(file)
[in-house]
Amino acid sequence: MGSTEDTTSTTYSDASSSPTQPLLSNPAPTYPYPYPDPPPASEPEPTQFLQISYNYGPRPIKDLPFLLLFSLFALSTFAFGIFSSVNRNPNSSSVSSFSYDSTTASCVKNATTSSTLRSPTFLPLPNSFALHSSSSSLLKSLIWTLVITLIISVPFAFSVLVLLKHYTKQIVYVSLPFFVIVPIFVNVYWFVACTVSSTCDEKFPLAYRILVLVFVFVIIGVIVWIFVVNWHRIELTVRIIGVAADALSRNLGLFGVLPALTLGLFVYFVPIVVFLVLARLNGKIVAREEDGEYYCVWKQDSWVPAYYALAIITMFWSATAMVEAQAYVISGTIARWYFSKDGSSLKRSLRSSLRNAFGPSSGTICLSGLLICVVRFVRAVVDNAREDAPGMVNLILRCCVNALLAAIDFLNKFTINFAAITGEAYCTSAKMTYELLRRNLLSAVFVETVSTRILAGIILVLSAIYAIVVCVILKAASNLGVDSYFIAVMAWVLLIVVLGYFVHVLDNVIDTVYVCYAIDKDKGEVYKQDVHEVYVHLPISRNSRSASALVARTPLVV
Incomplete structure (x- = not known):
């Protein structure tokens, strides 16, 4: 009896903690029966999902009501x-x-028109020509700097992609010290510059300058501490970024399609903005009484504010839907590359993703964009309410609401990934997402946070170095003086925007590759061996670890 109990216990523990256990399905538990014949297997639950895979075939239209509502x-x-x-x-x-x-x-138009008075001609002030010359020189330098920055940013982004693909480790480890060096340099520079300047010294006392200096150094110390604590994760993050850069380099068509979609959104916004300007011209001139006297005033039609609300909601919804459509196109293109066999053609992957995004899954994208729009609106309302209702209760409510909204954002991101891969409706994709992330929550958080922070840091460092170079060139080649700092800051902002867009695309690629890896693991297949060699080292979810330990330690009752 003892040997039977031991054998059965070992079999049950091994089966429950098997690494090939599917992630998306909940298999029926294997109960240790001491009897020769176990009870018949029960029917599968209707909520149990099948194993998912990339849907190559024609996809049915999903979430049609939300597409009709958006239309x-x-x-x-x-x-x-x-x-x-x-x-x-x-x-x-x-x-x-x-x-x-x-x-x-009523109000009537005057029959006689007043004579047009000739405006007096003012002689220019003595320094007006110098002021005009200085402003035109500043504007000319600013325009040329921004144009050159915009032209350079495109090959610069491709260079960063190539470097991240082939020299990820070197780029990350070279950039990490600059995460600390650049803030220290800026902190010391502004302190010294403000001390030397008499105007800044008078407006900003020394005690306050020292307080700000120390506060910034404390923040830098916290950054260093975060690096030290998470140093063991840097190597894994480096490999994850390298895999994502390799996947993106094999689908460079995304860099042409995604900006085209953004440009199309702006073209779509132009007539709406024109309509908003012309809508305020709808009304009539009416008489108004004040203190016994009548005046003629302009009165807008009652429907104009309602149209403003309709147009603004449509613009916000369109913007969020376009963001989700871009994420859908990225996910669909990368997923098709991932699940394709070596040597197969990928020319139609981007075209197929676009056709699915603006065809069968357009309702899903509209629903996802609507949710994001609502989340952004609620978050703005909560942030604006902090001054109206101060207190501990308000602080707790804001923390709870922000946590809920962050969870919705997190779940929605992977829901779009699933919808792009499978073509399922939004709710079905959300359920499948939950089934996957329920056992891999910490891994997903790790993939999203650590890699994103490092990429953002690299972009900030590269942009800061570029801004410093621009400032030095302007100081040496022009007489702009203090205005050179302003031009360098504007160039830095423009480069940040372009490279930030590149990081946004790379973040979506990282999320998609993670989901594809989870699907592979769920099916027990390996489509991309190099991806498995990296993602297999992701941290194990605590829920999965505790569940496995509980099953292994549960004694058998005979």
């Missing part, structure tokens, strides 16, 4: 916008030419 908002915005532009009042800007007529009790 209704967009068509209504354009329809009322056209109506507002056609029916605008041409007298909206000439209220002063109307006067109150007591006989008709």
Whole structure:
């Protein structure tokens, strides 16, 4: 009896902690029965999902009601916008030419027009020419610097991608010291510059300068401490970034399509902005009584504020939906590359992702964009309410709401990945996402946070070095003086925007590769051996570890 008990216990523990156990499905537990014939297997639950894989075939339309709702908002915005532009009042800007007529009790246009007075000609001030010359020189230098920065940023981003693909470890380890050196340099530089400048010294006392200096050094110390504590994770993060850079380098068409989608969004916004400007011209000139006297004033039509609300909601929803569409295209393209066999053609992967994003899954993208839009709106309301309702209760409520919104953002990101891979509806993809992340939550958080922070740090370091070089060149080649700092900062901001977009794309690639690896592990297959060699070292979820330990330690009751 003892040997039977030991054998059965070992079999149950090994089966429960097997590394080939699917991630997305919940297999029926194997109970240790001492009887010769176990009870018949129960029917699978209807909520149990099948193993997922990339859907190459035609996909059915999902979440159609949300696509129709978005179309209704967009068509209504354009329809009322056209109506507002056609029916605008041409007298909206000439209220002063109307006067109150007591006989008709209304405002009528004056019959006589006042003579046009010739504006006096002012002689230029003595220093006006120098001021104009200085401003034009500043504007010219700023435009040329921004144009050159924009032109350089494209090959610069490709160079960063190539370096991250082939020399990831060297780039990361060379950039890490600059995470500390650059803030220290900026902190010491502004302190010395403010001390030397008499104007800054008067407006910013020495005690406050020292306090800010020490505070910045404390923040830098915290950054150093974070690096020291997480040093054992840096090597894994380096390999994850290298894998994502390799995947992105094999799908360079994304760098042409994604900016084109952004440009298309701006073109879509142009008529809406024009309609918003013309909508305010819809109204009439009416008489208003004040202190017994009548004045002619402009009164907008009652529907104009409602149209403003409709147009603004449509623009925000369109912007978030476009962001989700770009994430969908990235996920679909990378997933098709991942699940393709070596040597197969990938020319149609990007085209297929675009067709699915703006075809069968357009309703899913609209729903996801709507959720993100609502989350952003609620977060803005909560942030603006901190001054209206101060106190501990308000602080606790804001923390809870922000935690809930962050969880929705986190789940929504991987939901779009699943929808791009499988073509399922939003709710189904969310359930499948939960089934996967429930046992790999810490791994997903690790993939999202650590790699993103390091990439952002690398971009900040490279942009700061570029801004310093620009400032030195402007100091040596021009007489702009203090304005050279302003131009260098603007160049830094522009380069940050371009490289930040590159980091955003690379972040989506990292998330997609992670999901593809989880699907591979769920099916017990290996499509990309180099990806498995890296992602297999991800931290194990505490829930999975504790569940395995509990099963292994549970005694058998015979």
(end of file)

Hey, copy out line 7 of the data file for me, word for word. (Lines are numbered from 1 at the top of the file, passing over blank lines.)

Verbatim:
């Protein structure tokens, strides 16, 4: 009896902690029965999902009601916008030419027009020419610097991608010291510059300068401490970034399509902005009584504020939906590359992702964009309410709401990945996402946070070095003086925007590769051996570890 008990216990523990156990499905537990014939297997639950894989075939339309709702908002915005532009009042800007007529009790246009007075000609001030010359020189230098920065940023981003693909470890380890050196340099530089400048010294006392200096050094110390504590994770993060850079380098068409989608969004916004400007011209000139006297004033039509609300909601929803569409295209393209066999053609992967994003899954993208839009709106309301309702209760409520919104953002990101891979509806993809992340939550958080922070740090370091070089060149080649700092900062901001977009794309690639690896592990297959060699070292979820330990330690009751 003892040997039977030991054998059965070992079999149950090994089966429960097997590394080939699917991630997305919940297999029926194997109970240790001492009887010769176990009870018949129960029917699978209807909520149990099948193993997922990339859907190459035609996909059915999902979440159609949300696509129709978005179309209704967009068509209504354009329809009322056209109506507002056609029916605008041409007298909206000439209220002063109307006067109150007591006989008709209304405002009528004056019959006589006042003579046009010739504006006096002012002689230029003595220093006006120098001021104009200085401003034009500043504007010219700023435009040329921004144009050159924009032109350089494209090959610069490709160079960063190539370096991250082939020399990831060297780039990361060379950039890490600059995470500390650059803030220290900026902190010491502004302190010395403010001390030397008499104007800054008067407006910013020495005690406050020292306090800010020490505070910045404390923040830098915290950054150093974070690096020291997480040093054992840096090597894994380096390999994850290298894998994502390799995947992105094999799908360079994304760098042409994604900016084109952004440009298309701006073109879509142009008529809406024009309609918003013309909508305010819809109204009439009416008489208003004040202190017994009548004045002619402009009164907008009652529907104009409602149209403003409709147009603004449509623009925000369109912007978030476009962001989700770009994430969908990235996920679909990378997933098709991942699940393709070596040597197969990938020319149609990007085209297929675009067709699915703006075809069968357009309703899913609209729903996801709507959720993100609502989350952003609620977060803005909560942030603006901190001054209206101060106190501990308000602080606790804001923390809870922000935690809930962050969880929705986190789940929504991987939901779009699943929808791009499988073509399922939003709710189904969310359930499948939960089934996967429930046992790999810490791994997903690790993939999202650590790699993103390091990439952002690398971009900040490279942009700061570029801004310093620009400032030195402007100091040596021009007489702009203090304005050279302003131009260098603007160049830094522009380069940050371009490289930040590159980091955003690379972040989506990292998330997609992670999901593809989880699907591979769920099916017990290996499509990309180099990806498995890296992602297999991800931290194990505490829930999975504790569940395995509990099963292994549970005694058998015979």